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Dr. Anna M. Littlefield: Student, Teacher, Artist, Doctor

Anna Littlefield is well-known in the New London area for her role as one of New Hampshire’s first female doctors. Lesser known is that, before she was a doctor, Littlefield had several ties to Colby Academy (now Colby-Sawyer College). Littlefield’s schooling and teaching at Colby Academy would contribute to and help shape her medical career.

Littlefield was born on December 1, 1859, the daughter of Seth Littlefield and Sarah Bragg Littlefield. She had one brother, Ira, who was born in 1873. Littlefield spent the first years of her life living in a house on the Grafton-Croydon line in New Hampshire until, in 1869, the Littlefield family relocated to New London, NH, purchasing a house on Pleasant Street owned by Seth’s brother-in-law, Joshua Hemphill. Anna would reside in the Pleasant Lake house for the rest of her life, with the exception of the years she spent at medical school.

Littlefield was described as having “inherited her mother’s artistic temperament” (Lord, 498) and, as a young adult, was particularly interested in documenting wildlife. Anna attended Colby Academy, located in her hometown of New London, NH, where, according to the 1883 Colby Academy Catalog, she would have studied the “Ladies Course” which was designed to combine mathematics with “the Sciences, a careful study of the English Language and Literature, and a knowledge of Ancient and Modern Languages;” she graduated in 1884. After a brief stint teaching at a local school, Littlefield returned to Colby Academy to share her gift, teaching drawing and painting to another generation of Colby students (Littlefield’s own brother, Ira, would also attend the Academy and graduated in 1895); she is known to have taught at the Academy from 1890-1892.

Littlefield is best known artistically for her collection of flora from the region, having documented 97 different plants on canvas, as well as an illustrated bird book and several family portraits. She worked with a variety of mediums including paper, cardboard, canvas, eggs, and wood. Her work is best described as Audubon-esque, acutely rendered and often showing the object in various stages of development (in the case of plants) or in a variety of poses (in the case of birds). Hints of Littlefield’s scientific mind are also present; often the image would be accompanied by the species’ scientific name and additional information about the species.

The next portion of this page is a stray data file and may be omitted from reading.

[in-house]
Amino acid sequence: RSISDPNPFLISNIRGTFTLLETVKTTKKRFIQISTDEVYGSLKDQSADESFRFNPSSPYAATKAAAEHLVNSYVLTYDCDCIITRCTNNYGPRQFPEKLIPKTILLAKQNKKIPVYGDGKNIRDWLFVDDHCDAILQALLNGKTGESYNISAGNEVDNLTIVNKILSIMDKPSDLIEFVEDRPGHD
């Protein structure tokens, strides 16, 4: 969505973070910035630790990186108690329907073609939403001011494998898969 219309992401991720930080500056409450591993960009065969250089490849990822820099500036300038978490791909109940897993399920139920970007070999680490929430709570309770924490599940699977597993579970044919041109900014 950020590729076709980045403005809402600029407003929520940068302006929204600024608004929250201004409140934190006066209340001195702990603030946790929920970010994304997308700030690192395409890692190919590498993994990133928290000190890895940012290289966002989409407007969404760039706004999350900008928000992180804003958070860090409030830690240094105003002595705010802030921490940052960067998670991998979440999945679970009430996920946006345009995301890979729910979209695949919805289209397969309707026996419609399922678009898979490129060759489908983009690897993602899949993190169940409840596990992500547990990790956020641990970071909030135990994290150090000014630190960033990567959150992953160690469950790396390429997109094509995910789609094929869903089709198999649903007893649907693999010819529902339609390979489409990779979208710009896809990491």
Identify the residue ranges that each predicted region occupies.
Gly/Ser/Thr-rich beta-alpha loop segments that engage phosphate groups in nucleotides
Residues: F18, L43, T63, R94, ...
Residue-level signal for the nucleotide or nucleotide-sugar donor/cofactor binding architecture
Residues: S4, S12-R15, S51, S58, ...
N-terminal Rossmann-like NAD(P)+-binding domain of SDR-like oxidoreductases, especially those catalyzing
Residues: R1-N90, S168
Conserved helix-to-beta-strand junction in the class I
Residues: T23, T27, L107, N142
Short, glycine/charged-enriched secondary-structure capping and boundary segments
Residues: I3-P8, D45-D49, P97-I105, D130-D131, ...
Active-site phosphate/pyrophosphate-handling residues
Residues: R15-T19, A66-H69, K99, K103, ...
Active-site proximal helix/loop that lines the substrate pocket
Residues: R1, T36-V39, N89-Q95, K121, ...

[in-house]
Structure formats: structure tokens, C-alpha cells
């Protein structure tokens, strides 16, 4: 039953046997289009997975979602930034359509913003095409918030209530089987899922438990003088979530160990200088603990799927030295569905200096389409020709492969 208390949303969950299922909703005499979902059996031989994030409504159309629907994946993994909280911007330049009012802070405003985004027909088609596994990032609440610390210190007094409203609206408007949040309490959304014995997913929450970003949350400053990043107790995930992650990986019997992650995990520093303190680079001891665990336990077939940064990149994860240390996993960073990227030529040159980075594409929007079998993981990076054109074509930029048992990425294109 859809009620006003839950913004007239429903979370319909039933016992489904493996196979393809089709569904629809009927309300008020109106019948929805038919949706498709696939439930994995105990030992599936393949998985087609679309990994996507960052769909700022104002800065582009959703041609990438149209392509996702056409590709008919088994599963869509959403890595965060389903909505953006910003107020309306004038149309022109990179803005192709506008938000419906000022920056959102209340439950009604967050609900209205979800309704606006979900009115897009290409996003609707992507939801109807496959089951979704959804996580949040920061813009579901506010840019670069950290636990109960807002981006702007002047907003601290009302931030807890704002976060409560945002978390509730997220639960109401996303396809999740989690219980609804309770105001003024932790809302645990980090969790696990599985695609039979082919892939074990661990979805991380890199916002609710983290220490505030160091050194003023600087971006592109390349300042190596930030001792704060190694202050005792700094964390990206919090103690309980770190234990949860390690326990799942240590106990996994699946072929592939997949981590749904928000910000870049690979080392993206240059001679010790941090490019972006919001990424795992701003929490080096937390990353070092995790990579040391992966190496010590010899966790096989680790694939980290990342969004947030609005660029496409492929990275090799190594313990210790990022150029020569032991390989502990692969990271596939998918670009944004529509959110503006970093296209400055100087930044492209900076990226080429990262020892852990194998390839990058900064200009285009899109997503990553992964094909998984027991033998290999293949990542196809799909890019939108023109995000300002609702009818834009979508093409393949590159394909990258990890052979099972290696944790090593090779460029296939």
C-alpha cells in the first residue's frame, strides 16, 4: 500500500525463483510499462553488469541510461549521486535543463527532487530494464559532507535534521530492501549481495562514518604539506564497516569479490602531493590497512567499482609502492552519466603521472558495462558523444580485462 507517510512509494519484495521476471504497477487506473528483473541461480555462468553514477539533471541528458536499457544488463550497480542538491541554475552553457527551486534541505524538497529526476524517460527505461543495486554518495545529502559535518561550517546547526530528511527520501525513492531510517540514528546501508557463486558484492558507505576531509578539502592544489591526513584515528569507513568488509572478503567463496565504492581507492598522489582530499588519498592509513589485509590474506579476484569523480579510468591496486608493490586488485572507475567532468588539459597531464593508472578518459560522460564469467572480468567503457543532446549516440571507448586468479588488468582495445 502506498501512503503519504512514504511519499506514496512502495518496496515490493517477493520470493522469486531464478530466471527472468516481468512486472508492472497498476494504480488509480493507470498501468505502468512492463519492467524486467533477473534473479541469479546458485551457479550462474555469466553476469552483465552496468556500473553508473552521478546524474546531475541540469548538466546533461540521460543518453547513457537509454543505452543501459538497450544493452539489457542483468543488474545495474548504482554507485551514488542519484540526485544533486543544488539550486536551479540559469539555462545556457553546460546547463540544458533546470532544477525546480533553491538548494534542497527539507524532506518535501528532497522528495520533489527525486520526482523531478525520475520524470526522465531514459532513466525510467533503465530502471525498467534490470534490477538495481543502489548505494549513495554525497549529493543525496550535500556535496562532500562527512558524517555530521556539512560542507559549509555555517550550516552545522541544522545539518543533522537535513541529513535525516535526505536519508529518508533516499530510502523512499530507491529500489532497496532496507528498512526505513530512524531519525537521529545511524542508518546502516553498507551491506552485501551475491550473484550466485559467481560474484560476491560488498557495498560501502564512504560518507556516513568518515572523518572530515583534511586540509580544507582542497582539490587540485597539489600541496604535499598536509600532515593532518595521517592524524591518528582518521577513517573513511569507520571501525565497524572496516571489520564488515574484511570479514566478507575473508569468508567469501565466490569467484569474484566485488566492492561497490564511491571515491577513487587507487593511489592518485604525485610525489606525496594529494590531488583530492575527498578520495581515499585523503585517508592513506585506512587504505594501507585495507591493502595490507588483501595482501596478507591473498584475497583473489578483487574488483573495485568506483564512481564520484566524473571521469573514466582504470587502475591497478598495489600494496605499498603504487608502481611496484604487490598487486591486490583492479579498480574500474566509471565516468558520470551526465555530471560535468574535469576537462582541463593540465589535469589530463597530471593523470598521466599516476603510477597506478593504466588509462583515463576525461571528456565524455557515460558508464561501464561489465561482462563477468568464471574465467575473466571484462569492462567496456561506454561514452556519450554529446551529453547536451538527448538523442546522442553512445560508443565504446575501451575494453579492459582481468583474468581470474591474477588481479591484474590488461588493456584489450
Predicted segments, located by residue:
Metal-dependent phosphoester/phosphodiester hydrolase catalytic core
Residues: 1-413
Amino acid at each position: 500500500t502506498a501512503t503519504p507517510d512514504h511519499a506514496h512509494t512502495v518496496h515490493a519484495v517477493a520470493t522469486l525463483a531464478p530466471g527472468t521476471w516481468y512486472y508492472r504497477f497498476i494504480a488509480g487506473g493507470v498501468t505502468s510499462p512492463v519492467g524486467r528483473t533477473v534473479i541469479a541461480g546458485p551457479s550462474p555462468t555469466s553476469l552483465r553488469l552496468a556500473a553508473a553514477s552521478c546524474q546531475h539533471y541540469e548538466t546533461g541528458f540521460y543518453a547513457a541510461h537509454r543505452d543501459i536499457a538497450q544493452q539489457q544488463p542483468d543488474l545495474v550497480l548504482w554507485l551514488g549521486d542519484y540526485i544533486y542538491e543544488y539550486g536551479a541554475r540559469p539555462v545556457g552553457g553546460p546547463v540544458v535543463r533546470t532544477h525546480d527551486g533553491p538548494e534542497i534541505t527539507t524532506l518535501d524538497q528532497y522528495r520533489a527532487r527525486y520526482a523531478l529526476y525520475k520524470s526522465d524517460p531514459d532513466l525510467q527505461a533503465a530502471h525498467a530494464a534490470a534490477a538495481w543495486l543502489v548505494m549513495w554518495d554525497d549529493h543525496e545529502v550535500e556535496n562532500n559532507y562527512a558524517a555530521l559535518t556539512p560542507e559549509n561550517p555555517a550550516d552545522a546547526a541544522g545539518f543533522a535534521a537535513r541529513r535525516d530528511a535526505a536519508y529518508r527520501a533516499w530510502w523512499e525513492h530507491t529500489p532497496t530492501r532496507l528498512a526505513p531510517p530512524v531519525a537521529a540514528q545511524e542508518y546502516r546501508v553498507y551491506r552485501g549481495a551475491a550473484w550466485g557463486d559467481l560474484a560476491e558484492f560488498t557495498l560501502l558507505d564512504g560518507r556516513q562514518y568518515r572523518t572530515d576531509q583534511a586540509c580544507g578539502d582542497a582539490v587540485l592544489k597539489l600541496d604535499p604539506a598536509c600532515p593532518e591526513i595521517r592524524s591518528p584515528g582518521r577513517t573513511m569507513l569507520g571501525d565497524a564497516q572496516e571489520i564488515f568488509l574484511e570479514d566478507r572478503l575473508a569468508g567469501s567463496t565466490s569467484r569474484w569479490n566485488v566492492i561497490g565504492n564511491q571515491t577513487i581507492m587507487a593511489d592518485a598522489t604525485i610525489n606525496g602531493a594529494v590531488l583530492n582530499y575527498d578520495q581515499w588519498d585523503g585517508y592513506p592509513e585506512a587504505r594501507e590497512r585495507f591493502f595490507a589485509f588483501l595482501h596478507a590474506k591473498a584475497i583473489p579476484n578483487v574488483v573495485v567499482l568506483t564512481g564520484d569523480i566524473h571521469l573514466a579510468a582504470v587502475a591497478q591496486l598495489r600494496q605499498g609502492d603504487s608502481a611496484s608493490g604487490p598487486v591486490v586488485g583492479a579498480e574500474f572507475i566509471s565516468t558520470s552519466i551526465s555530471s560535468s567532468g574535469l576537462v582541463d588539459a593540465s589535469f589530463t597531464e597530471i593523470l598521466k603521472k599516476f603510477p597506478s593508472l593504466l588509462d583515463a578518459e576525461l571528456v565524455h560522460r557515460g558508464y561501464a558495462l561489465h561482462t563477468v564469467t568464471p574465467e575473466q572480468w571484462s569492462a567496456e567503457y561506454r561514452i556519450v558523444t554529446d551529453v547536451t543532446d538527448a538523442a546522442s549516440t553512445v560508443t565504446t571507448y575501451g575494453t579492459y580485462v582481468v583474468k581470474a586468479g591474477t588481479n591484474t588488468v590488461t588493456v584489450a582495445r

Later in life, Anna told her great nephew, Lloyd Littlefield, that when the brick Academy building burned down in 1892 (see the Fall 2012 Colby-Sawyer Magazine for the story of the fire) she took it as a sign to pursue a hidden passion—to be a medical doctor. In an interview for Kearsarge Magazine, Lloyd relates, “She told me years later that she had always wanted to be a physician…so when the building burned down, she figured this was the Lord’s way of telling her that if she’s going to be a physician, she’d better get with it.” (Walters, 17) So, at the age of 32, Anna Littlefield went to the Women’s Medical College of Pennsylvania, the first college in the world to train women to be doctors and grant them a medical degree. After completing her degree, Littlefield would return to New London and set up an office in her Pleasant Street home. In the summer of 1897, when the state of New Hampshire began issuing licenses, Littlefield was the 13th woman to request a license and was the only female doctor practicing within 25 miles of New London (Walters, 16).

Dr. Anna, as she would become known to her patients, served as a general practitioner until 1946 and practiced medicine into her 90th year. She would work out of her home and was integral in the founding of the New London Hospital, working with other local doctors to encourage a group of women to found the New London Nursing Association and open a six-bed hospital located in what is now known as the Tracy Memorial Library. Littlefield’s home office was fully equipped with the tools and supplies that she needed to properly attend to her patients. She had a wooden desk where she could review her paperwork, but it also included a long wooden extension and a pair of iron stirrups which converted the desk into an examination table. Littlefield’s walls were lined with wooden cabinets that held her medical supplies and medicines which she prepared herself. And of course, she had a sturdy pair of snowshoes fashioned for her by her brother, Ira, for house calls.

Despite her passion for medicine, Littlefield’s love of art would never leave her. Instead, she would incorporate her sketches into her medical notes, particularly a handwritten reference book that she created on gynecology. Here, along with meticulous notes, are beautifully rendered, scientific sketches of the human body.

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